Date: 13 Jun 1954
Ronald James Groves died following a road traffic accident on his motorcycle with a car on 13 June 1954.
The driver of the car declined to give evidence at the inquest and an open verdict was returned. Ronald Groves had been riding his motorcycle along with a pillion passenger at the time.
He was the only other witness to the incident beside the driver of the car.
Ronald Groves had been a leather dresser and had lived at 117 Portland Street in Walsall.
After the accident he was taken to the Hospital of St Cross where he died at 2.45am on Sunday 13 June 1954 from severe head injuries.
The accident had occurred in High Street, Ryton-on-Dunsmore at the London Road junction.
The driver of the car involved was a 58-year-old secretary who had lived at Manor Farm in London Road, Ryton-on-Dunsmore.
When she was called to the witness box at the inquest, her solicitor announced that on advice, the woman was exercising her prerogative and had chosen not to give evidence.
When the Coroner recalled a policeman as a witness he asked him, 'Is it a case where she was injured and did not remember anything of what happened?' and the policeman replied, 'No sir. I went to her house about an hour later and she made a formal statement as to what took place'. The policeman then went on to say that the woman told him that she had seen the motorcycle coming and that she had had ample time in which to cross the main road but that she remembered nothing after the crash.
Ronald Groves's mother said that she had been with him when he had died in hospital. She said that he had been riding a motorcycle for about two years and that so far as she knew he had never possessed a protective helmet and had never worn one.
However, a doctor that gave evidence at the inquest said that in his opinion a crash helmet would not have helped him. The doctor, who was a resident surgeon at the Hospital of St Cross, said that Ronald Groves's injuries were largely on the side of his head and that his death was due to cerebral haemorrhage and laceration of the brain caused by a fracture to the base of the skull. When the doctor was questioned, he said that it was possible that a helmet could have helped but said that it would have depended on how he had struck his head.
Ronald Groves's pillion passenger was a 22-year-old leather worker who had lived in Goscote Lodge Crescent, Coalpool in Walsall. He said that he and Ronald Groves had been returning to Walsall for a weekend in the middle of their fortnight's TA camp at Thetford in Norfolk. He said that it had been an uneventful journey until the accident, and that it had been raining quite heavily. However, he said that he remembered nothing of the accident.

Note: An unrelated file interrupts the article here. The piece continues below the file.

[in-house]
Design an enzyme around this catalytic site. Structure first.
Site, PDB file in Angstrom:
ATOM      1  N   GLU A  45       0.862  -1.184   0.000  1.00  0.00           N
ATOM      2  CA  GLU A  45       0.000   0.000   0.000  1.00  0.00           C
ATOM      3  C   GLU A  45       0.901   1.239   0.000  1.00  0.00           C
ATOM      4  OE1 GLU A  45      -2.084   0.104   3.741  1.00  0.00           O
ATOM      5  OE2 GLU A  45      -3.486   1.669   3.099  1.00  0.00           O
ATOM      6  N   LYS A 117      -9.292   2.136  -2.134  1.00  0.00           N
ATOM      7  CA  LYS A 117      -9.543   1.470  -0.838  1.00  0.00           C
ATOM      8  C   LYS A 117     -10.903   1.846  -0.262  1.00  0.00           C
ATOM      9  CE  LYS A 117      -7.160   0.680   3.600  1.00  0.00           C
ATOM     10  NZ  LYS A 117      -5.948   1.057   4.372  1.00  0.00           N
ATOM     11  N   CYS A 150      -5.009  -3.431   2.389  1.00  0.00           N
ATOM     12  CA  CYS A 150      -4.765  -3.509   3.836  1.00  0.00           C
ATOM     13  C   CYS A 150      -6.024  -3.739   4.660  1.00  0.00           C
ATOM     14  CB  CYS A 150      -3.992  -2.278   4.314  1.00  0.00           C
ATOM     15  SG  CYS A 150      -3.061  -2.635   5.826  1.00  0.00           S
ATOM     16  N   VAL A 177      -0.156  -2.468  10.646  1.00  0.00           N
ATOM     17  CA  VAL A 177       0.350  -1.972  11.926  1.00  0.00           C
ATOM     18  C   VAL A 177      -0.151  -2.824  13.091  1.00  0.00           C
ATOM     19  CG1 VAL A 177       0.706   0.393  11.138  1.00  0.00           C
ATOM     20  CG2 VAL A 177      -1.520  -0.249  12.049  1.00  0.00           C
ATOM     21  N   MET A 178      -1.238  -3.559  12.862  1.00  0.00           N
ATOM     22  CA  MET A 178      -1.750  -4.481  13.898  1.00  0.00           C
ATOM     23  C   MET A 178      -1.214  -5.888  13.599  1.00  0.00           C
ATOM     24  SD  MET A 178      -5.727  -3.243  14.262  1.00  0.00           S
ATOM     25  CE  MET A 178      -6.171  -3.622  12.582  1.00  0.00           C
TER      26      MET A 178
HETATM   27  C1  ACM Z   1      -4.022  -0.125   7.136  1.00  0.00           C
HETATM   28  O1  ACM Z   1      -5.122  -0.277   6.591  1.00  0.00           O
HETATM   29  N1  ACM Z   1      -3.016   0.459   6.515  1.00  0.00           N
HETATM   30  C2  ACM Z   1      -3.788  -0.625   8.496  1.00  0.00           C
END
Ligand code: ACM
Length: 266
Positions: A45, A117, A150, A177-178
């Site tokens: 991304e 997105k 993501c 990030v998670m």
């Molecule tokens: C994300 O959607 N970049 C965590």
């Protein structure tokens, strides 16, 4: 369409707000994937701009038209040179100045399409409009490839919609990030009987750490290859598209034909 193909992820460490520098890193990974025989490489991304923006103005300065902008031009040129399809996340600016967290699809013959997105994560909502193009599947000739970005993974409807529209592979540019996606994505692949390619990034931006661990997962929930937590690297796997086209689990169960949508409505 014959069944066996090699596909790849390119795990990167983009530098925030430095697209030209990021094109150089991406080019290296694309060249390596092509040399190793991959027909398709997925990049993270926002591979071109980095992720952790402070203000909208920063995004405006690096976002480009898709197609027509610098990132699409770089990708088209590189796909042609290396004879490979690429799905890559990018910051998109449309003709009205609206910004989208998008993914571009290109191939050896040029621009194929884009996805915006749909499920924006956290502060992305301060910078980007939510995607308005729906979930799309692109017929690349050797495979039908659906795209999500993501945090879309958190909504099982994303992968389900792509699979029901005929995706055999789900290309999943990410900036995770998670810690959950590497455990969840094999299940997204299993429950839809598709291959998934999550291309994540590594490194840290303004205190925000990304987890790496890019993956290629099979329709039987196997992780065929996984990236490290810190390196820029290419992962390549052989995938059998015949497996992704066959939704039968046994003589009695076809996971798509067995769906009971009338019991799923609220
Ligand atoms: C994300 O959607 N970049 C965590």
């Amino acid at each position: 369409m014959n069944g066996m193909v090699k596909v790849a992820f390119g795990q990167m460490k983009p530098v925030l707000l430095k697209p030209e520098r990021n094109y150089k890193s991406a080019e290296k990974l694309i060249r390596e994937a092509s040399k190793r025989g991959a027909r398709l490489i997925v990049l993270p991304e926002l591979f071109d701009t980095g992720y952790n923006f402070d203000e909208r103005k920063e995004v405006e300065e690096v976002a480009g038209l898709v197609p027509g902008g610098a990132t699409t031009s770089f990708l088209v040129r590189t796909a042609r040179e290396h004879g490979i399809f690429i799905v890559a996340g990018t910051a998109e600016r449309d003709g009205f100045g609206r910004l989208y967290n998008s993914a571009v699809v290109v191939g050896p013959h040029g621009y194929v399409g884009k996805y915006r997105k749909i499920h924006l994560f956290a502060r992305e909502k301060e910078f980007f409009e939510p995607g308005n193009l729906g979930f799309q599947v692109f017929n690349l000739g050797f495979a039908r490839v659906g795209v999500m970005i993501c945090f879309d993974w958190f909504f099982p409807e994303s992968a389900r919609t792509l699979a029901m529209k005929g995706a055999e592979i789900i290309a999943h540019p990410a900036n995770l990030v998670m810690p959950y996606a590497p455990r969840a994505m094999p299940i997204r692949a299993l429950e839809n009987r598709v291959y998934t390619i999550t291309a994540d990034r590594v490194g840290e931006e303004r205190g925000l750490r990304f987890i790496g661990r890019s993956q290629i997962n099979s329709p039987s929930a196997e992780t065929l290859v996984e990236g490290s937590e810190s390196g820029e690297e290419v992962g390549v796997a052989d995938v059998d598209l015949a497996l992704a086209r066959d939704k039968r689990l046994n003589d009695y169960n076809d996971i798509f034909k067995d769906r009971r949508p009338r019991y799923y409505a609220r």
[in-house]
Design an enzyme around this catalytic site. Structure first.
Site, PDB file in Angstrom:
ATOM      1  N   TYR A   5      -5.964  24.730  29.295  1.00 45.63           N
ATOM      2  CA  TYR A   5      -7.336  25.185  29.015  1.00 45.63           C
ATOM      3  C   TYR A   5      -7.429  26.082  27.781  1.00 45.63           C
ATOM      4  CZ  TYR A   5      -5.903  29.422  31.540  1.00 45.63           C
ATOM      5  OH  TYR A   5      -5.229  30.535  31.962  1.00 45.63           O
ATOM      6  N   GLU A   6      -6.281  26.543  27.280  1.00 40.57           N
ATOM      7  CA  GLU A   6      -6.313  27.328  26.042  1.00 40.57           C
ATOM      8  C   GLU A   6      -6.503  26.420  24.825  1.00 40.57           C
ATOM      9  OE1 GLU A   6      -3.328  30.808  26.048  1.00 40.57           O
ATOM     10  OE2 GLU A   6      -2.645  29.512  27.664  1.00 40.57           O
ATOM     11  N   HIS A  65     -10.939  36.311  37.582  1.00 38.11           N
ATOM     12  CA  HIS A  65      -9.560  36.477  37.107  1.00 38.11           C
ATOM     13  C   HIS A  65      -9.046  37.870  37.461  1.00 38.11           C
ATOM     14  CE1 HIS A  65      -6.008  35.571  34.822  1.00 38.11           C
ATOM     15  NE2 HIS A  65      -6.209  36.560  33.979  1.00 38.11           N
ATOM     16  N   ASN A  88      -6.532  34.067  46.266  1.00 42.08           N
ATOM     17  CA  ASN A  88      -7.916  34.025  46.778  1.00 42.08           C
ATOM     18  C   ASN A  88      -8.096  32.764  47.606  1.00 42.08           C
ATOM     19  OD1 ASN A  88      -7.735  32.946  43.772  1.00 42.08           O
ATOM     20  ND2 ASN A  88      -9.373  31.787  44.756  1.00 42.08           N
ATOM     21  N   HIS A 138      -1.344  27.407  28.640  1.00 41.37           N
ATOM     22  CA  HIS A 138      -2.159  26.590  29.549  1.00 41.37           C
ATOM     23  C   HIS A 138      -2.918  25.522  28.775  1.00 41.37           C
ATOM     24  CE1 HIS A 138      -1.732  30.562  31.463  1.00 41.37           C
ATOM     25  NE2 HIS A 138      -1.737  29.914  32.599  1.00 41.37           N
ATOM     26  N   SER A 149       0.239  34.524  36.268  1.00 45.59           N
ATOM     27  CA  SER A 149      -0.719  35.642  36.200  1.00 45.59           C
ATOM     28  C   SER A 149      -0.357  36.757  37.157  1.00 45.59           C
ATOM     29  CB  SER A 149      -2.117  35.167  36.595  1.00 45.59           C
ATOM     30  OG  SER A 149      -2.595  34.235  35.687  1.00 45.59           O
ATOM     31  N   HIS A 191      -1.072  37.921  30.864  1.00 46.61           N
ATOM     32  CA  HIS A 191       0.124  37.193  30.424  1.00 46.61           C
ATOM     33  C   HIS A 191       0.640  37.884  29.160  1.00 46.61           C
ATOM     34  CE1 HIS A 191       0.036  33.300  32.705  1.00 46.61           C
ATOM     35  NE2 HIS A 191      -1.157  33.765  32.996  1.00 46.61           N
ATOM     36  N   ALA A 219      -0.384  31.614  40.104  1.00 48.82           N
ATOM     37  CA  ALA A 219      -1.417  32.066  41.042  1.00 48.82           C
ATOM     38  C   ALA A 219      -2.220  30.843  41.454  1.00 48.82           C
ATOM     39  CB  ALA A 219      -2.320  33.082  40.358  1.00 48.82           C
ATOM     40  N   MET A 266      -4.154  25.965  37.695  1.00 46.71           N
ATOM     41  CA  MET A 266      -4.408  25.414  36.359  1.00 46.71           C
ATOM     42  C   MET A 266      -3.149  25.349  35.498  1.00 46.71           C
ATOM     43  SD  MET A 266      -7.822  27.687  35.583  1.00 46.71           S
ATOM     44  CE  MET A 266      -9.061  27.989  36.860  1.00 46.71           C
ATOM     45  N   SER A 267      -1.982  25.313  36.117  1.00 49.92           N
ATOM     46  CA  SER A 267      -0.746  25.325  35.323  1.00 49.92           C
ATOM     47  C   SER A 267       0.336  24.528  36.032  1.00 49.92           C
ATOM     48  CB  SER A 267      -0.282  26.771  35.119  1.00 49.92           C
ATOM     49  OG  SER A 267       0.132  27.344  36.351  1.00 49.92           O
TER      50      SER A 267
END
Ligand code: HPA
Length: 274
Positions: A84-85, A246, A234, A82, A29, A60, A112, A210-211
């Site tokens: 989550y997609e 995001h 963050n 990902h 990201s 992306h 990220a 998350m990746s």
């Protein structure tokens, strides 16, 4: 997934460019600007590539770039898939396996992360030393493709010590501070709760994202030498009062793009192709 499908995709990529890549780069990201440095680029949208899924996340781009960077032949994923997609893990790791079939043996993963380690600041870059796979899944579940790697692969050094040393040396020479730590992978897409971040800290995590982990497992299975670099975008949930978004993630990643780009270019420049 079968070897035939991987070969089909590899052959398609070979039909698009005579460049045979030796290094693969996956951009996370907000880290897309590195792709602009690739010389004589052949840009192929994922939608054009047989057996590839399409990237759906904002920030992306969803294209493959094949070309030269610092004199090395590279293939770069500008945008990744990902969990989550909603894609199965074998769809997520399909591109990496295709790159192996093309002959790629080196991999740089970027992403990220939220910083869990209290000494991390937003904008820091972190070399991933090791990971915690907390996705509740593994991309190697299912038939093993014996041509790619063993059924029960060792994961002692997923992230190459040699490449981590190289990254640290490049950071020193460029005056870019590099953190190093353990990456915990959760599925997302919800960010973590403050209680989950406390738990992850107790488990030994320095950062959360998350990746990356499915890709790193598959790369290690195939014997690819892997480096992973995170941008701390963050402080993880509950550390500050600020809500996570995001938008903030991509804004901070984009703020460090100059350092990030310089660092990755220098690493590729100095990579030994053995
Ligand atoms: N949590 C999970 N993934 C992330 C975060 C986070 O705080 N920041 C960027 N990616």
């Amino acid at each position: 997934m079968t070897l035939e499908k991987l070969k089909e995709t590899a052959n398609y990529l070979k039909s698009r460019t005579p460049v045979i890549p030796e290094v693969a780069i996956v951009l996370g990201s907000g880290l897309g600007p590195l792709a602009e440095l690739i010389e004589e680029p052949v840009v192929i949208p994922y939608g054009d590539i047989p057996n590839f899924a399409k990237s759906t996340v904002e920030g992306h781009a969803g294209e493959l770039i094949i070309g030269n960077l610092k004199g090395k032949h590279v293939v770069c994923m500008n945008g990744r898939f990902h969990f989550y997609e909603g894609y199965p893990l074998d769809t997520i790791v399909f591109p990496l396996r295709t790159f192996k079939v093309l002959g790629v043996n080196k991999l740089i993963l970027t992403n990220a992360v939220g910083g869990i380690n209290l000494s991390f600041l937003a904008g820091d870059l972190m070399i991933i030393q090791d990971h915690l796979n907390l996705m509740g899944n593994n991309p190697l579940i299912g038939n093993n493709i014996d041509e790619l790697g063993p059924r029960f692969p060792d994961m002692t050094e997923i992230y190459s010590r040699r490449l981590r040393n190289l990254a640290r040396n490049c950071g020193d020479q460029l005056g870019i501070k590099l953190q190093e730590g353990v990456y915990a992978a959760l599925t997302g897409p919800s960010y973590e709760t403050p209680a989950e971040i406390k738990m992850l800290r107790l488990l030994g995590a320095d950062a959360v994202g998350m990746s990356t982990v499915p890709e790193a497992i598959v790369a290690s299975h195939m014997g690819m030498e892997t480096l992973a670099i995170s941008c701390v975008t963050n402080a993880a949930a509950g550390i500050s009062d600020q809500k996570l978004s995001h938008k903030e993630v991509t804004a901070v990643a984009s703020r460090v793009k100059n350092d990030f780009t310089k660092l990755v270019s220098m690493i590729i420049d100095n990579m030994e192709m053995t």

He noted that Ronald Groves had not been wearing goggles but noted that Ronald Groves's motorcycle was fitted with a windscreen.
A Special Constable, who was ordinarily a haulage contractor and lived at Manor Farm of London Road in Ryton, who was on the scene immediately after the crash said that he had heard the crash from a nearby garage. He said that he then went to the scene and found Ronald Groves jammed into the door of the woman's car and another man under the rear wheel. He said that the woman was slumped on the steering wheel as though knocked out.
He said that he and others then lifted the car off of one of the men but had to use a crowbar to release Ronald Groves.
The Special Constable noted that there was heavy, misty rain falling at the time.
A policeman that arrived on the scene at 4.35pm before the vehicles were removed said that he found the car across the mouth of High Street facing in the direction of London. He said that the car itself could be seen from a good distance by an approaching motorcyclist although he noted that the junction itself would not have been evident until the motorcycle was closer.
He said that the car had been hit broadside on and had travelled only about 150 yards from its departure point. He said that there were no marks on the road.
The policeman noted that a door-to-door attempt to find eye-witnesses and a BBC appeal both failed to produce any results.
The policeman said that he didn't think that the car could have been in High Street when the crash occurred.
Following the evidence, which lasted an hour, the jury retired for nearly half-an-hour before returning their open verdict.
see Rugby Advertiser - Friday 16 July 1954
see Rugby Advertiser - Friday 18 June 1954
see Rugby Advertiser - Tuesday 15 June 1954
see Birmingham Daily Post - Tuesday 13 July 1954